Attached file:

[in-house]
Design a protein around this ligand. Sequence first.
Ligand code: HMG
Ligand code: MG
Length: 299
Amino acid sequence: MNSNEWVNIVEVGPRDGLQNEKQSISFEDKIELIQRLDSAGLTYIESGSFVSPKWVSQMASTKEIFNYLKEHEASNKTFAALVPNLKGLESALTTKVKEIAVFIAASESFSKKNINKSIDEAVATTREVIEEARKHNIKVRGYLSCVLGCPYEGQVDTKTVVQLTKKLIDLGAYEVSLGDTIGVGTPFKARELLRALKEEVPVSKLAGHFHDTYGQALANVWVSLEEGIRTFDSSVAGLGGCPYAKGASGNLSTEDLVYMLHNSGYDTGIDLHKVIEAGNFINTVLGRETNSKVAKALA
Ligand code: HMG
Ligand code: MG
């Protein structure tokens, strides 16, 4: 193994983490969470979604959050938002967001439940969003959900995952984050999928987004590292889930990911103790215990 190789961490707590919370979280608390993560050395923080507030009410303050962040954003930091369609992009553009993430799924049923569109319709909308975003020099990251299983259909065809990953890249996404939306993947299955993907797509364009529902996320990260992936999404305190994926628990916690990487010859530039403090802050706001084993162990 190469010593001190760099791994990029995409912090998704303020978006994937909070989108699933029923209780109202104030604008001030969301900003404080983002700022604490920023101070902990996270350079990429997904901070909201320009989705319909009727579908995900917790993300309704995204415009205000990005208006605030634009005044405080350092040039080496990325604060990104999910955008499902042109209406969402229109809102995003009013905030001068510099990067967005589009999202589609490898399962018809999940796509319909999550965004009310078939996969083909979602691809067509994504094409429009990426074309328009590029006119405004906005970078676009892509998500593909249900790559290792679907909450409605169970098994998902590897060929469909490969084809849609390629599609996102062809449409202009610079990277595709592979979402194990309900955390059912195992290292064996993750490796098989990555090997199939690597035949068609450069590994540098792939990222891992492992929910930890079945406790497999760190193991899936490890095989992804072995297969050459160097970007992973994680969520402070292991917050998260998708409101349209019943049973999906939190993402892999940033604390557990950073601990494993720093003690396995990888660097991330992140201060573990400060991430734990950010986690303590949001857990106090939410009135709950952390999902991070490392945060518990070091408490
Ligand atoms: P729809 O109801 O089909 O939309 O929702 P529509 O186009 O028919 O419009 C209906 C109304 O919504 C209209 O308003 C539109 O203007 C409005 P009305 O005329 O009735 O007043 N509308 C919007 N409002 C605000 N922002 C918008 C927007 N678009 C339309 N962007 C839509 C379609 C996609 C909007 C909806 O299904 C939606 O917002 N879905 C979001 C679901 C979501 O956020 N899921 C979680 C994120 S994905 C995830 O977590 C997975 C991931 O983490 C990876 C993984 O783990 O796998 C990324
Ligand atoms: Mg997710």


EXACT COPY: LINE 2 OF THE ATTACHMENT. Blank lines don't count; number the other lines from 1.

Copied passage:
Design a protein around this ligand. Sequence first.